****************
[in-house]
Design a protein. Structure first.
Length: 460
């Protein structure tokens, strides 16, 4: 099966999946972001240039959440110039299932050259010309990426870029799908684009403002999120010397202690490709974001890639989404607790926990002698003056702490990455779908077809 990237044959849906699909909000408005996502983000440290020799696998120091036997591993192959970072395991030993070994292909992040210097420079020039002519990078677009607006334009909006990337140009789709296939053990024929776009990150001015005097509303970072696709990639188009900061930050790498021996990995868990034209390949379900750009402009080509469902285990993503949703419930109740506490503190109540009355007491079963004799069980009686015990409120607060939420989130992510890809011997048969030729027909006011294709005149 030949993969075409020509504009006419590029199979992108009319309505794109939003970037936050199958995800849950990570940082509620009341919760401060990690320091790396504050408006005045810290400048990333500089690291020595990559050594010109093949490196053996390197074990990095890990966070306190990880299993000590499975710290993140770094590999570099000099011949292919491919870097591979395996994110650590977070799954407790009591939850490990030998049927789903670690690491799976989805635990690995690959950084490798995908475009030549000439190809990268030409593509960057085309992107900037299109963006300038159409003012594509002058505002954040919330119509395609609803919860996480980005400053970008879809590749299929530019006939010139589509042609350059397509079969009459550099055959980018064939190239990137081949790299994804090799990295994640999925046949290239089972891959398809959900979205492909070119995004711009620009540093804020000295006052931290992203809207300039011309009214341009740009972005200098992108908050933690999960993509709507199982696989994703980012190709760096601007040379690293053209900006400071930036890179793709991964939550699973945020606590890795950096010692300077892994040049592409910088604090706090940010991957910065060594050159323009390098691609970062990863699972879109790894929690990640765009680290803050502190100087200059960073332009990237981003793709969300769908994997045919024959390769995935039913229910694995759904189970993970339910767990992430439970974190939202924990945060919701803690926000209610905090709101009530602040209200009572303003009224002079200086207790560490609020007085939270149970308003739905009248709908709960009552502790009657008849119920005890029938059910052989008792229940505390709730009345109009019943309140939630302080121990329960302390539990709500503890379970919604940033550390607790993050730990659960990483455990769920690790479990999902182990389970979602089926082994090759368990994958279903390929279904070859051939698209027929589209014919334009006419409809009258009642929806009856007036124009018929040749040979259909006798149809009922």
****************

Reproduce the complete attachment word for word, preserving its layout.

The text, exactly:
[in-house]
Design a protein. Structure first.
Length: 460
């Protein structure tokens, strides 16, 4: 099966999946972001240039959440110039299932050259010309990426870029799908684009403002999120010397202690490709974001890639989404607790926990002698003056702490990455779908077809 990237044959849906699909909000408005996502983000440290020799696998120091036997591993192959970072395991030993070994292909992040210097420079020039002519990078677009607006334009909006990337140009789709296939053990024929776009990150001015005097509303970072696709990639188009900061930050790498021996990995868990034209390949379900750009402009080509469902285990993503949703419930109740506490503190109540009355007491079963004799069980009686015990409120607060939420989130992510890809011997048969030729027909006011294709005149 030949993969075409020509504009006419590029199979992108009319309505794109939003970037936050199958995800849950990570940082509620009341919760401060990690320091790396504050408006005045810290400048990333500089690291020595990559050594010109093949490196053996390197074990990095890990966070306190990880299993000590499975710290993140770094590999570099000099011949292919491919870097591979395996994110650590977070799954407790009591939850490990030998049927789903670690690491799976989805635990690995690959950084490798995908475009030549000439190809990268030409593509960057085309992107900037299109963006300038159409003012594509002058505002954040919330119509395609609803919860996480980005400053970008879809590749299929530019006939010139589509042609350059397509079969009459550099055959980018064939190239990137081949790299994804090799990295994640999925046949290239089972891959398809959900979205492909070119995004711009620009540093804020000295006052931290992203809207300039011309009214341009740009972005200098992108908050933690999960993509709507199982696989994703980012190709760096601007040379690293053209900006400071930036890179793709991964939550699973945020606590890795950096010692300077892994040049592409910088604090706090940010991957910065060594050159323009390098691609970062990863699972879109790894929690990640765009680290803050502190100087200059960073332009990237981003793709969300769908994997045919024959390769995935039913229910694995759904189970993970339910767990992430439970974190939202924990945060919701803690926000209610905090709101009530602040209200009572303003009224002079200086207790560490609020007085939270149970308003739905009248709908709960009552502790009657008849119920005890029938059910052989008792229940505390709730009345109009019943309140939630302080121990329960302390539990709500503890379970919604940033550390607790993050730990659960990483455990769920690790479990999902182990389970979602089926082994090759368990994958279903390929279904070859051939698209027929589209014919334009006419409809009258009642929806009856007036124009018929040749040979259909006798149809009922």